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Dearth of female political leaders major woe for India, activist says

India's president Pratibha Devisingh Patil.

Rafiq Maqbool/Rafiq Maqbool/AP

Shruti Ubadhyay is a political activist in her native India, but she would really like to be a politician.

Ms. Ubadhyay is one of 16 women, selected from hundreds of applicants from Africa, Asia, the Caribbean and South America, who are taking part in a 20-week global-leadership program offered by the International Centre for Women's Leadership at Coady Institute of St. Francis Xavier University in Nova Scotia.

The program aims to equip women from developing countries with the skills they need to drive change. Linda Jones, the director of the centre, says by addressing the sexual imbalance in the world's leadership, "we will be able to change the course of history."

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On Wednesday the program participants were in Ottawa to listen to Canadian women talk about their experiences as leaders, including journalist Sally Armstrong, Native Women's Association of Canada president Jeannette Corbiere Lavell, and International Development Minister Bev Oda.

Ms. Ubadhyay, who is a women's rights activist with the development agency Christian Aid in Delhi, explained in an interview with The Globe and Mail why programs like this can make a difference.

India is predicted to become an economic powerhouse. How can a course like this help someone who is from a country that is as developed as India?

It is one of the fastest-growing economies but there exist multiple Indias within India, and the majority of people are still living below the poverty line. Sixty per cent of the population still does not have more than half a dollar [per day]to live on. So, for a person like me, and especially a woman leader, this kind of a program matters so much for the kind of opportunity that it gives, especially in these societies which are quite feudal and patriarchal.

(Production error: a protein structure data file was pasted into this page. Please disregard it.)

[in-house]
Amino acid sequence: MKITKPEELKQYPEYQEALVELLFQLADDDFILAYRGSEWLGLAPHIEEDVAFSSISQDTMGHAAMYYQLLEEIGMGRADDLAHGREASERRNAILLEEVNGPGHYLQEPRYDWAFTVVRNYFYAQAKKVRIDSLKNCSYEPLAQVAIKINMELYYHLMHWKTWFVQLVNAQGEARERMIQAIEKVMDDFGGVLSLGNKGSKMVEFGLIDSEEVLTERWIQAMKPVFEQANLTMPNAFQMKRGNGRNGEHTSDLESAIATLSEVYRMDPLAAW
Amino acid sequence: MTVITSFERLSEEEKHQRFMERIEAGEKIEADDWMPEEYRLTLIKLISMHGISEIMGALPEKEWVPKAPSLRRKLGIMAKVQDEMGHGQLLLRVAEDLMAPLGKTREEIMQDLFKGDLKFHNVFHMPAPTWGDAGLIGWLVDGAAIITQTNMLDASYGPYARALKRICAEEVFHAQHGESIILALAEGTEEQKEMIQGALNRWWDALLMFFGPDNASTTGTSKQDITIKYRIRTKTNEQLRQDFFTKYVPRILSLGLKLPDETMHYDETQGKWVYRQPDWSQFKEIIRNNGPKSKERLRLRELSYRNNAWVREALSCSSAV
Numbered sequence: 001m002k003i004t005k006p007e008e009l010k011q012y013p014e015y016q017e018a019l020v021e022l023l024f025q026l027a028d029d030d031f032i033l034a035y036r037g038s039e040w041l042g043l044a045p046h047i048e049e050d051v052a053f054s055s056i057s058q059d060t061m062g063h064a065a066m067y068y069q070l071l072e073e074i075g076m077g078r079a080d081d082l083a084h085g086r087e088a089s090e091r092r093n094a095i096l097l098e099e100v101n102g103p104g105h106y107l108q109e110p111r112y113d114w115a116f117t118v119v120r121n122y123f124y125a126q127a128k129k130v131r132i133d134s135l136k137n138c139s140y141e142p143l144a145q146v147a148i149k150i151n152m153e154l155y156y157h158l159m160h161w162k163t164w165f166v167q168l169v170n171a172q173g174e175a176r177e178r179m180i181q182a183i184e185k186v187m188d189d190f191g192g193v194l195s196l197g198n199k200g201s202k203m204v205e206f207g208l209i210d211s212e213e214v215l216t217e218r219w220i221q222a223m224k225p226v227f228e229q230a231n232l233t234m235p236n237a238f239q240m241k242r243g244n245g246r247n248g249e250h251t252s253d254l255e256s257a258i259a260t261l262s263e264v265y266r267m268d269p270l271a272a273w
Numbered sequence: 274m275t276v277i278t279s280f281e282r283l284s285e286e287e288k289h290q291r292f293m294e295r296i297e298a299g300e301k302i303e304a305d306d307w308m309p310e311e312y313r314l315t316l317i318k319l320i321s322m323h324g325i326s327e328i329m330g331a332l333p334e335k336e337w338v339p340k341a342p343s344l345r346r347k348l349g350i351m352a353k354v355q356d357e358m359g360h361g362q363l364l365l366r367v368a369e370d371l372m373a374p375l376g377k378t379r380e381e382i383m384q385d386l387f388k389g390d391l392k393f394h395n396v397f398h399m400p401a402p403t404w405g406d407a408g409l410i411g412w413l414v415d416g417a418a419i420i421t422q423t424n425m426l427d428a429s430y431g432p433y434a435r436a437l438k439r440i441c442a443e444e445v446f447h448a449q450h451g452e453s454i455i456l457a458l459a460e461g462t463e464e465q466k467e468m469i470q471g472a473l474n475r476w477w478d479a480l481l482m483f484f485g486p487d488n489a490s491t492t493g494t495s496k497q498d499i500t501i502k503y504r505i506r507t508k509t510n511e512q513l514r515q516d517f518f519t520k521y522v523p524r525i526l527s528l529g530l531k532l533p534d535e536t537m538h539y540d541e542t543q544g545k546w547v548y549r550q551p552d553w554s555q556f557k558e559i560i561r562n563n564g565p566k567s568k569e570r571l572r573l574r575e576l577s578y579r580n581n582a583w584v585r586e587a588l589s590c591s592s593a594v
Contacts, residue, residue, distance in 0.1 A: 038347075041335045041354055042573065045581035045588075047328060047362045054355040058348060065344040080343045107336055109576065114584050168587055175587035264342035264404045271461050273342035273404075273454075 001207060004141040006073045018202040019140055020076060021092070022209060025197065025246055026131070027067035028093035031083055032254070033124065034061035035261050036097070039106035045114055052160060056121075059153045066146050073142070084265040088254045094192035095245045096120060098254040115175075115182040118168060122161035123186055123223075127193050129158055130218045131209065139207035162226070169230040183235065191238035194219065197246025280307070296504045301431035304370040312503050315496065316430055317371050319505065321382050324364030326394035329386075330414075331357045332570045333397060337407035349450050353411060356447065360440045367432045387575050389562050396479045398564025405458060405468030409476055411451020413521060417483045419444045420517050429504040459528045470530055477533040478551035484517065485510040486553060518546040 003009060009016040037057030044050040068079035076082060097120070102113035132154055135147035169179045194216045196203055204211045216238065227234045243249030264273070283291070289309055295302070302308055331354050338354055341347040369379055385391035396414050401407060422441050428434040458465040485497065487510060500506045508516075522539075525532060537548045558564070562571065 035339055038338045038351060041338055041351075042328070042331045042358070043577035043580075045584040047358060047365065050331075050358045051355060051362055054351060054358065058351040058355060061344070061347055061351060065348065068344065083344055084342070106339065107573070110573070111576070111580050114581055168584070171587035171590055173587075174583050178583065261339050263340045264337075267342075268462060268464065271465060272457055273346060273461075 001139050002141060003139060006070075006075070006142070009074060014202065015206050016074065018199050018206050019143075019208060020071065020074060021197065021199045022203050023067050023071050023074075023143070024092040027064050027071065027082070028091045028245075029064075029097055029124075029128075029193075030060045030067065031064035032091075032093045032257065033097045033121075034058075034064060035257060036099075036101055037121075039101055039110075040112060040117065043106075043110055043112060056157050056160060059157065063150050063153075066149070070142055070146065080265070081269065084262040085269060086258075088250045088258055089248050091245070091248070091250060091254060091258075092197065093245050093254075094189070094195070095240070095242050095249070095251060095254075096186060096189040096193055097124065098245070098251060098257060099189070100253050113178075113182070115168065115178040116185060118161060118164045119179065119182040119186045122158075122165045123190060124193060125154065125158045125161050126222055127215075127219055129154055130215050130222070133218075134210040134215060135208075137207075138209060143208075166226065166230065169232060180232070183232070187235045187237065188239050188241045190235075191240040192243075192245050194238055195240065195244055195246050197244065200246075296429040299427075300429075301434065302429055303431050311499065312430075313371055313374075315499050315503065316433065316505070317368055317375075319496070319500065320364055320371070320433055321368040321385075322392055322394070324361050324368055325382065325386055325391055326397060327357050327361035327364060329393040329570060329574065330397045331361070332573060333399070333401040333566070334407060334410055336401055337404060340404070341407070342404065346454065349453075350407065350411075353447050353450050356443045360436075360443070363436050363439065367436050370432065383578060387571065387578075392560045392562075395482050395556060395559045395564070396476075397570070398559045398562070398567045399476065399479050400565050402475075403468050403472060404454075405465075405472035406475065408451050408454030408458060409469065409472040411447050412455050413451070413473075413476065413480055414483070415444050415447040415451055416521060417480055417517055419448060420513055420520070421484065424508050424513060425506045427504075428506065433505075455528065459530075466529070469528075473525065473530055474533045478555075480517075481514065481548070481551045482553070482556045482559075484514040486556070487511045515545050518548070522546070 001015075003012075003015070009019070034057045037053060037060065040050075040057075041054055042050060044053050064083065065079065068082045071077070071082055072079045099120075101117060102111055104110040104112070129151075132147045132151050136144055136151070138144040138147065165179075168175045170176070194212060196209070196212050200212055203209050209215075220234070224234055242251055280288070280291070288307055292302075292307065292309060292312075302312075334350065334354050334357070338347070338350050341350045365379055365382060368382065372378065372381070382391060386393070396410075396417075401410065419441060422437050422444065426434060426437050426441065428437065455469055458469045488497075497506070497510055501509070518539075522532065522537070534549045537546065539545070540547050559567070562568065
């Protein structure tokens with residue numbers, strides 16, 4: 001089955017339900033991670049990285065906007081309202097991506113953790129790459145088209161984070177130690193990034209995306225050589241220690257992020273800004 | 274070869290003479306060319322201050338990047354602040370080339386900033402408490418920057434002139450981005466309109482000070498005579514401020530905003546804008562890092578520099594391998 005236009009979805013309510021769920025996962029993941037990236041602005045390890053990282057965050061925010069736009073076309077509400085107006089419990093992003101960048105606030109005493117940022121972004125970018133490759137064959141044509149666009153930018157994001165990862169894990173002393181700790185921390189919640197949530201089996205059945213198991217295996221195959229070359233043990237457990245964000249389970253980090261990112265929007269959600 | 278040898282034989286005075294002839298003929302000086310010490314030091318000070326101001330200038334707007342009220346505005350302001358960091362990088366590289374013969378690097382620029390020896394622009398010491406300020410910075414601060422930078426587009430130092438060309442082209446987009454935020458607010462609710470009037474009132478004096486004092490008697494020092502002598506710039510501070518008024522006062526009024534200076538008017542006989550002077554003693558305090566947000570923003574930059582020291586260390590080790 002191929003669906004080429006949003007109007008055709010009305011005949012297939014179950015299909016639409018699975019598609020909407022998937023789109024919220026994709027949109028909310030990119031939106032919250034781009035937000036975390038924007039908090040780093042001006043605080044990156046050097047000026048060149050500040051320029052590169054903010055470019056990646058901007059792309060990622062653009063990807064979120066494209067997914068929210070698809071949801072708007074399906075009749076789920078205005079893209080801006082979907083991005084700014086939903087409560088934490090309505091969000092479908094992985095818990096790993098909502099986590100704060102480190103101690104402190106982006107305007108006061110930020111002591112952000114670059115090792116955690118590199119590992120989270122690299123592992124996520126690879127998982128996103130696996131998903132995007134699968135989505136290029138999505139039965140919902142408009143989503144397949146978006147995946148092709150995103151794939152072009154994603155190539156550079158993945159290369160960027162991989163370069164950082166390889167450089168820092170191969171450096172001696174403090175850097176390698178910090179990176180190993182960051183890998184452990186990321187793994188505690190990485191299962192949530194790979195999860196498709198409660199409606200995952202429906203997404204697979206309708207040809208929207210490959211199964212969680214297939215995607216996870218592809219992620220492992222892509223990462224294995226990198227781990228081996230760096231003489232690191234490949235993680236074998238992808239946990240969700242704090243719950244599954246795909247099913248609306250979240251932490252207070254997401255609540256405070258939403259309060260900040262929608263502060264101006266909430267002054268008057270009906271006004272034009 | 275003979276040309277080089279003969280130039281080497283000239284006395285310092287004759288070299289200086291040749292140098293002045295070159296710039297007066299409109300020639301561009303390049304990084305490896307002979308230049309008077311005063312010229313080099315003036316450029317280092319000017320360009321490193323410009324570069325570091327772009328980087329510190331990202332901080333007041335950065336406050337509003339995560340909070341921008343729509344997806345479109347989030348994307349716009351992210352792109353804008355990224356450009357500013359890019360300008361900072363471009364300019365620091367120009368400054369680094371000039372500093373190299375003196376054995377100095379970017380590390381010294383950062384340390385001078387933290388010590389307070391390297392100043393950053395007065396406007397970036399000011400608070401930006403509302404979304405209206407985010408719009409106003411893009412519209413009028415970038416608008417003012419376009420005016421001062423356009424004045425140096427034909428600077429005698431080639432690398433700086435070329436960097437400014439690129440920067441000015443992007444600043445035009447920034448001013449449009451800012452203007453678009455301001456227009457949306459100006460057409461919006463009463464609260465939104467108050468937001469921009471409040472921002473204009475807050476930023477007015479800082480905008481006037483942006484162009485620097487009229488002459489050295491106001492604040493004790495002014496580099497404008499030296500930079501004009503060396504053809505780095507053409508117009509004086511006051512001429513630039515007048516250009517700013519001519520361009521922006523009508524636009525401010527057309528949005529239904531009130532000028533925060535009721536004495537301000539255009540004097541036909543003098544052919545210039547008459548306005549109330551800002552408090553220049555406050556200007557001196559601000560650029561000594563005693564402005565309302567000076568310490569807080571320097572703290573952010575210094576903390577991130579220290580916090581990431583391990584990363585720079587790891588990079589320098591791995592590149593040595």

Pratibha Devisingh Patil, a woman, is the current president of India. Is that not proof that women can rise to high office in your country?

Yes, but that's where the challenge is. When it comes to the number of women leaders, it's like you can count them on your fingertips. And how do you define leadership? Women lead in the households. Women lead at the community level. But are they actually there when it comes to the negotiating tables of power?

Do you think that India would be a different place if there were more women leaders?

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Oh certainly. Women perceive, understand and experience the world very differently [to men] ... There is empirical evidence available that when women come into power as village council leaders, almost 30 per cent of the expenditures increase in terms of the investments in health, education, and such essential segments.

There is inequality here in Canada. What are you learning by being here in Canada when we've got our own equality issues?

There are certain challenges, there are certain connectors, that women, as an agency, face collectively across the board. And sharing those challenges is something that really helps you strengthen your agency. There are certain progressive laws that Canada has [passed] and there are certain very progressive things that India has witnessed in its recent past in the form of the [act to protect]women from domestic violence. So, for me, what has been so interesting is to learn what are the gains that the women's movement has made here. What are the gains that the women's movement in India and South Asia have made? And how do we work together to strengthen and build that collective of a women's agency across the world?

This interview has been edited and condensed.

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About the Author
Parliamentary reporter

Gloria Galloway has been a journalist for almost 30 years. She worked at the Windsor Star, the Hamilton Spectator, the National Post, the Canadian Press and a number of small newspapers before being hired by The Globe and Mail as deputy national editor in 2001. Gloria returned to reporting two years later and joined the Ottawa bureau in 2004. More

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